St. Charles parents upset over breathalyzer tests of seniors
Jeffrey Pieters, Rochester Post-Bulletin, June 6, 2012 –
On Sunday, the roughly 74 seniors who were tested Friday went through commencement ceremonies, said Mark Roubinek, superintendent of St. Charles schools.”All students participated in the ceremony,” Roubinek said. “Those who needed to completed the consequences and accountability. It’s a good class, a good group of seniors.”
Under the influence?
The incident began when students arrived at school on Friday morning and staff observed a number of students who showed signs of being under the influence of alcohol, Roubinek said.
“There was concern about the number of students initially observed — much larger than a few kids — and the concern that they were not only under the influence, but they would be leaving school shortly after graduation practice,” Roubinek said.
So they called law enforcement to assist with the situation, he said. Each student met with law enforcement individually, Roubinek said. He declined to provide more information on what happened.
Welp received a phone call from his son at about 8:30 a.m. Friday telling him that the members of the graduating class had been called into the gym for what they thought was a rehearsal for the graduation ceremony, but instead it turned out to be for meetings with police and breath tests.
“I knew right away that wasn’t right,” Welp said, who immediately went to the school. “They had all the seniors in the gym. I just told him (St. Charles High School Principal Ben Bernard), ‘You can’t do this.’”
Sixteen kids, including Alec, were selected as the first to be tested. Jim Welp said about seven or eight teens failed the test, but the Post-Bulletin couldn’t confirm that number with authorities.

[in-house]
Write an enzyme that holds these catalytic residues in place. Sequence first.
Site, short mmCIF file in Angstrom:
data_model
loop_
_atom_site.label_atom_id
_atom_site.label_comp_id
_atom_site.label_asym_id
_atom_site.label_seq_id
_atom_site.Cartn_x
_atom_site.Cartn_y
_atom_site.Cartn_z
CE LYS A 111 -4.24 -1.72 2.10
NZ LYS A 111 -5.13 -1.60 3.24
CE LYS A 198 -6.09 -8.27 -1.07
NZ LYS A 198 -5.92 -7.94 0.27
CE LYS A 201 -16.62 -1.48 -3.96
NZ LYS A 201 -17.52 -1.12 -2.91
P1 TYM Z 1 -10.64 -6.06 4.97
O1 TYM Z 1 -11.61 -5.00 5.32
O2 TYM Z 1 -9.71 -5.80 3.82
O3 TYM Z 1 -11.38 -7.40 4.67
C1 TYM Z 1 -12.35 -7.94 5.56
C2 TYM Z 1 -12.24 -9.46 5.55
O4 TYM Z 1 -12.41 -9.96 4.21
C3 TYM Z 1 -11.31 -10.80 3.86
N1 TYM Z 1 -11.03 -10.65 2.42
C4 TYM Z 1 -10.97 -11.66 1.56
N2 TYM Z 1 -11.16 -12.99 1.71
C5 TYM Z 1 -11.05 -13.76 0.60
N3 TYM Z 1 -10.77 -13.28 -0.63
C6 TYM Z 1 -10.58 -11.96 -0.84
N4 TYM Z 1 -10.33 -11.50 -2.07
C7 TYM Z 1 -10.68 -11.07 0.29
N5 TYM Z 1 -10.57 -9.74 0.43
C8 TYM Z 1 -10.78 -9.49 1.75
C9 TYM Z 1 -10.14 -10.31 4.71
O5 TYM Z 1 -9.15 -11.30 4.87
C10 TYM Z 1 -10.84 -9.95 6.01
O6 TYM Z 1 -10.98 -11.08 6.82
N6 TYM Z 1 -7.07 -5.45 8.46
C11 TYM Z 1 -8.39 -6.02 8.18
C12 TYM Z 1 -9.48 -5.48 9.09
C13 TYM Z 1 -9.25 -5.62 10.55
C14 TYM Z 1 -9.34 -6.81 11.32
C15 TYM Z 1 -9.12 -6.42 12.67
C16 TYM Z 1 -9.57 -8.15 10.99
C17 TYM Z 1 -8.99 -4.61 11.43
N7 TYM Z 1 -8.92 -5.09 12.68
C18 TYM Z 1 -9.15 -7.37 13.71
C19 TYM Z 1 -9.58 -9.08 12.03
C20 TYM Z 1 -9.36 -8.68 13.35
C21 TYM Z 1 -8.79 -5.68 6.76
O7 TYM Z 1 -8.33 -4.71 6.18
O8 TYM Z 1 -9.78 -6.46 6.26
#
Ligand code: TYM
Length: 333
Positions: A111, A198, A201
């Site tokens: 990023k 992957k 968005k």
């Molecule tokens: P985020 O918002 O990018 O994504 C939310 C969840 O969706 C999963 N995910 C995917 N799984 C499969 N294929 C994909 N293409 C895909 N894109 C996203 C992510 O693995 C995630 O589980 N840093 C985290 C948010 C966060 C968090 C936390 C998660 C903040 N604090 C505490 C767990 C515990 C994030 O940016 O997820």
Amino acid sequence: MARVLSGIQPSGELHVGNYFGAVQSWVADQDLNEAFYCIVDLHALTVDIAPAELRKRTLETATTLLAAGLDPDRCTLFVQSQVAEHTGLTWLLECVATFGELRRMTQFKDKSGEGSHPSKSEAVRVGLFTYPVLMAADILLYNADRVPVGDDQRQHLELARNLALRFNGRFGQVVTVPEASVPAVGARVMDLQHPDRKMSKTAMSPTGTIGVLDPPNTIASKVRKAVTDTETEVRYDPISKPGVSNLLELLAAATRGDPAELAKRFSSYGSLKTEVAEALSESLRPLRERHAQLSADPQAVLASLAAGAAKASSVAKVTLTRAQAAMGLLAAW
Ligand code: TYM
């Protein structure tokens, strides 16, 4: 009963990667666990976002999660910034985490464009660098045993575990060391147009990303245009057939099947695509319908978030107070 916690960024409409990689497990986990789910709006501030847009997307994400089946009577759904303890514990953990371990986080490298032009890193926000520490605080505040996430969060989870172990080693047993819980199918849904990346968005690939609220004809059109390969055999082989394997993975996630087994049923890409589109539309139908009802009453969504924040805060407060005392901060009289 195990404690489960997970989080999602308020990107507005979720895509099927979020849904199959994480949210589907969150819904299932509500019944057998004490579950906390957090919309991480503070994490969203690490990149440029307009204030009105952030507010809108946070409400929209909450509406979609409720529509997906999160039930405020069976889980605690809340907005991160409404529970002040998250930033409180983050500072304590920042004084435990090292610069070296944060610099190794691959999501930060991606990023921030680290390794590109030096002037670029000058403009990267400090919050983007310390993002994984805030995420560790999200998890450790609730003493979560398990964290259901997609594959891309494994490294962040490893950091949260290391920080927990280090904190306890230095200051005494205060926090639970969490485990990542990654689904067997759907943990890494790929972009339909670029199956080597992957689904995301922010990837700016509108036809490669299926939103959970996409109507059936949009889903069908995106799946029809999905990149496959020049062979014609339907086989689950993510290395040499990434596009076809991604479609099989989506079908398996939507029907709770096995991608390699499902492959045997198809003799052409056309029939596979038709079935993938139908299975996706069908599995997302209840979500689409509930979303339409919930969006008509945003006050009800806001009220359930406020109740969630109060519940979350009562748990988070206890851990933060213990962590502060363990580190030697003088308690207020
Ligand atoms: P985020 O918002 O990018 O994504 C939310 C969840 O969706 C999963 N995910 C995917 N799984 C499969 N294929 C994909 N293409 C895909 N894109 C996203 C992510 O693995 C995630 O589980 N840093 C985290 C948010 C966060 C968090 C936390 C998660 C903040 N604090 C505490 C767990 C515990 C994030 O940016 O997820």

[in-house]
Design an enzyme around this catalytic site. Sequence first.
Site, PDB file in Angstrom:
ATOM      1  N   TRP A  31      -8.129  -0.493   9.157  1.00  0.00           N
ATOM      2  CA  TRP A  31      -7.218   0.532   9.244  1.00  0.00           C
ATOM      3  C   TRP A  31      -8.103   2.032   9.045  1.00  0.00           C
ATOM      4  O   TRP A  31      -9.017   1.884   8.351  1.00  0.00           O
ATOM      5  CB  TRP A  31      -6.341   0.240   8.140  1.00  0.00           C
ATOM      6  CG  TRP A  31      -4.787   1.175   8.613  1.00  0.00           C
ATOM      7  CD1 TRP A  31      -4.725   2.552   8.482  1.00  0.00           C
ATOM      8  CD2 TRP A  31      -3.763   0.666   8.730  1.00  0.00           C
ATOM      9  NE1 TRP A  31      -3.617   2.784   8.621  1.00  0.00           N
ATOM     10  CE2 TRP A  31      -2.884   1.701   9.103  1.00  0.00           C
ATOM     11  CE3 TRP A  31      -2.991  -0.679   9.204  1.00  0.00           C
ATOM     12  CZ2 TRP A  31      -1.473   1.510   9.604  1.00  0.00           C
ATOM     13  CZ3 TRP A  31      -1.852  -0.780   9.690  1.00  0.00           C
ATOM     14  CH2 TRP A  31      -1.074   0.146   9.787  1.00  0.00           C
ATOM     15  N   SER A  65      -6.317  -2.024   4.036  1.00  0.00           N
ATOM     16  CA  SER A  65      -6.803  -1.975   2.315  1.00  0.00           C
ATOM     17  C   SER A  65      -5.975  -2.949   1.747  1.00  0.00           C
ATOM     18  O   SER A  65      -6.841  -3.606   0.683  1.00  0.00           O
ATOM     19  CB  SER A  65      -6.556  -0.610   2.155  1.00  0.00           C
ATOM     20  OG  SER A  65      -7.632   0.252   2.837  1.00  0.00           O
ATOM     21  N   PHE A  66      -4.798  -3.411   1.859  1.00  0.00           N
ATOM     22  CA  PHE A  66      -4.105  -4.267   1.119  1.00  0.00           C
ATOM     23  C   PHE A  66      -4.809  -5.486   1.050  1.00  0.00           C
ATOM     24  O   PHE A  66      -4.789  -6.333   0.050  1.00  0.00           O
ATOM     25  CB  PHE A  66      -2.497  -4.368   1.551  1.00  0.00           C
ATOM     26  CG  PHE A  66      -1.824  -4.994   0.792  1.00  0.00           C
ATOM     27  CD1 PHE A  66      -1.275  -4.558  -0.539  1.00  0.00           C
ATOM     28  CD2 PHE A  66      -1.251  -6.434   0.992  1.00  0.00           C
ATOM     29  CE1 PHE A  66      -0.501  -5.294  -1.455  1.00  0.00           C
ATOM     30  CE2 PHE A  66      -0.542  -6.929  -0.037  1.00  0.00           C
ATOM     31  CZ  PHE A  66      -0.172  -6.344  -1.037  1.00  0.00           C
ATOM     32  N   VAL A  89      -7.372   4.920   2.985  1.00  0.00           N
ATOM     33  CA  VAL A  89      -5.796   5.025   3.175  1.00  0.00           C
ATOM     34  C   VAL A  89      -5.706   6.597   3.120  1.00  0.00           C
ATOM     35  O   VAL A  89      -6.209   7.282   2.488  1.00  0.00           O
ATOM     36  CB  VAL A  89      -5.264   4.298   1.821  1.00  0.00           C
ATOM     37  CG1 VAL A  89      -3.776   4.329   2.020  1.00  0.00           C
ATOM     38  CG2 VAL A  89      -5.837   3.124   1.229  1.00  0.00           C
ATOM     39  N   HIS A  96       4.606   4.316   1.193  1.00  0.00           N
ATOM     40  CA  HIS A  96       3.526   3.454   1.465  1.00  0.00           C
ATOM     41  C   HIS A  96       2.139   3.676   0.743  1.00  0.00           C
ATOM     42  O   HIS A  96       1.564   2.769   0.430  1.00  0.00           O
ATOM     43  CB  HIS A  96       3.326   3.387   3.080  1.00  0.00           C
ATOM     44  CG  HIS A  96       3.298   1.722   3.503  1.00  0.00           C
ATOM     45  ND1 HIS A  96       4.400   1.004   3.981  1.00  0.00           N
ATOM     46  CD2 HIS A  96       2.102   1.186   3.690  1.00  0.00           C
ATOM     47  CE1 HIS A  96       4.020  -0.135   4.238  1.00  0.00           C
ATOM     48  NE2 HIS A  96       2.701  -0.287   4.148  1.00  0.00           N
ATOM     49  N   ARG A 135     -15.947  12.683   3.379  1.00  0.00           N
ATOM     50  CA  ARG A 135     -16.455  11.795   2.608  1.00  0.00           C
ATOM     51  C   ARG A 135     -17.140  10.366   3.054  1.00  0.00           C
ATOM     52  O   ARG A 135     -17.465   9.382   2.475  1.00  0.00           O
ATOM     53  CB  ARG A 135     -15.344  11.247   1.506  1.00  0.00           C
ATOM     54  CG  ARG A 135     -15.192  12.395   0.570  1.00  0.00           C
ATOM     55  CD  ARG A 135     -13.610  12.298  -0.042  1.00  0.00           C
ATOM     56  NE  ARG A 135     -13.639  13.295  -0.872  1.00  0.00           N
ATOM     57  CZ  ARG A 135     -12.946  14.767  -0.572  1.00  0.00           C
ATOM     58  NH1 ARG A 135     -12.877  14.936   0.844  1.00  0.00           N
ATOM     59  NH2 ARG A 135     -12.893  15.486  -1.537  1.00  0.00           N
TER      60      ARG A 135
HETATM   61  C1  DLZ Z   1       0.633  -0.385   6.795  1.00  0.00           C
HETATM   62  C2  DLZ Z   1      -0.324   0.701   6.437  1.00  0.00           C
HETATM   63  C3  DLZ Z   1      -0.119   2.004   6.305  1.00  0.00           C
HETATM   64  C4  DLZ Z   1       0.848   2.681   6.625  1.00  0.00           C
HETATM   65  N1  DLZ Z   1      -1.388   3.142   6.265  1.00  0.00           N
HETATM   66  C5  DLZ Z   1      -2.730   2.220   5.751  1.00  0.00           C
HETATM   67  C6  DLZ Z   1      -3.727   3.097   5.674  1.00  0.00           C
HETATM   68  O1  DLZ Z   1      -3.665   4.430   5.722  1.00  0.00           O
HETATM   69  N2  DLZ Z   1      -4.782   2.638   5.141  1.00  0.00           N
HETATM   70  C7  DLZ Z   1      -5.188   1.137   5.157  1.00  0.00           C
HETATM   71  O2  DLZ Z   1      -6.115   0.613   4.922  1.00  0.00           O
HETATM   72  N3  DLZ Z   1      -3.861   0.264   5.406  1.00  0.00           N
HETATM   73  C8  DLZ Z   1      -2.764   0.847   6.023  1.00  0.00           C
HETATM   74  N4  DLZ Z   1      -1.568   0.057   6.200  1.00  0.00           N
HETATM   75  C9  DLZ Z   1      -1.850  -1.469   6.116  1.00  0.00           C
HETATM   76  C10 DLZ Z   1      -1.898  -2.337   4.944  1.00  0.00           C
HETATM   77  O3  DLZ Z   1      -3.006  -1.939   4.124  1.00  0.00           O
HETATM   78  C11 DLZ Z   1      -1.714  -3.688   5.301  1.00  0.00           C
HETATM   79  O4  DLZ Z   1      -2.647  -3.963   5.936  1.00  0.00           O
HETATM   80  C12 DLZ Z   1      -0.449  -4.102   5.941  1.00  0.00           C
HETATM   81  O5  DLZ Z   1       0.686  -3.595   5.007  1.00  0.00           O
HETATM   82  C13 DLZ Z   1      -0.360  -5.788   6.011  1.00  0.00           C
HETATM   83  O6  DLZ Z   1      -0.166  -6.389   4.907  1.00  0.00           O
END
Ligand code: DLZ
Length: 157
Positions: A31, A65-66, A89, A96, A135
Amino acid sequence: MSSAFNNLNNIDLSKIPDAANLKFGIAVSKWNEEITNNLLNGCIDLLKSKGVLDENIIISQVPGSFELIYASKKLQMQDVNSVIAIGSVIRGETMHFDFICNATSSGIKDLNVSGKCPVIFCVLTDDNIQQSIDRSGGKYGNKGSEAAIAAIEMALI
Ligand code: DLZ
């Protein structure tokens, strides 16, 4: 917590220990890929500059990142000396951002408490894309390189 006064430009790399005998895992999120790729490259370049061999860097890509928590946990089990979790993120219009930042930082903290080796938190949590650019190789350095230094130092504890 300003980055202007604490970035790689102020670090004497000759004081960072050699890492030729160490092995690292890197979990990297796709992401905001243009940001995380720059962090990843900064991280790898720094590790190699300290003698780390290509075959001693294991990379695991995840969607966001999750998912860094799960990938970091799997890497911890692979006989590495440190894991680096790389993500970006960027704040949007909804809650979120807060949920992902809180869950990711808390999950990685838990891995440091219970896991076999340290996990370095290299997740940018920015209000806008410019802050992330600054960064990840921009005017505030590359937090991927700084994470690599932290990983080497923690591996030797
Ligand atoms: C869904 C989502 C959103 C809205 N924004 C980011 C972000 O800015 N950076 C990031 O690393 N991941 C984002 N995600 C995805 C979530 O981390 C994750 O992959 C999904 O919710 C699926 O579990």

The students were called up one by one onto the stage and tested in a room to the side of the stage. Alec, who passed the test, was tested twice, his father said. “He didn’t have any alcohol in his system. He wasn’t drinking,” Welp said.
Welp left the school with his son but then returned. Upon returning, he saw several more law enforcement vehicles, from Olmsted County, the Minnesota State Patrol and the Minnesota Department of Natural Resources. As many as seven officers conducting breath tests, he said.
G. Paul Beaumaster, Rice County Attorney and president of the Minnesota County Attorneys Association, said officers can use probable cause that a person is under the influence to arrest or administer a sobriety test.
“Not having seen the reports, you can certainly ask if an underage person showed signs of consumption and you can investigate or test,” Beaumaster said. “The reports will be important to determine if probable cause existed.”
Welp said he called a Rochester attorney. Other parents have also contacted attorneys, he said. And some parents will attend the school board’s June 11 meeting to state their objection to the tests.
Welp said he’s aware that there were graduation-related parties Thursday night, but he is unaware if his son attended. The parties were organized with sober drivers, and some kids stayed the night at houses that hosted the parties, he said. Some traveled together to school in cars driven by sober drivers.
“The kids have already admitted they were drinking,” Welp said. “That’s why they got caught. … I can understand doing locker searches and whatnot, but they cannot do an alcohol test on every kid that was in there.”
Roubinek said it was a learning experience.
“They’re a good class, but everybody makes mistakes,” he said. “You learn, you’re responsible and you move ahead.”
Mike Dougherty and John Weiss contributed to this report.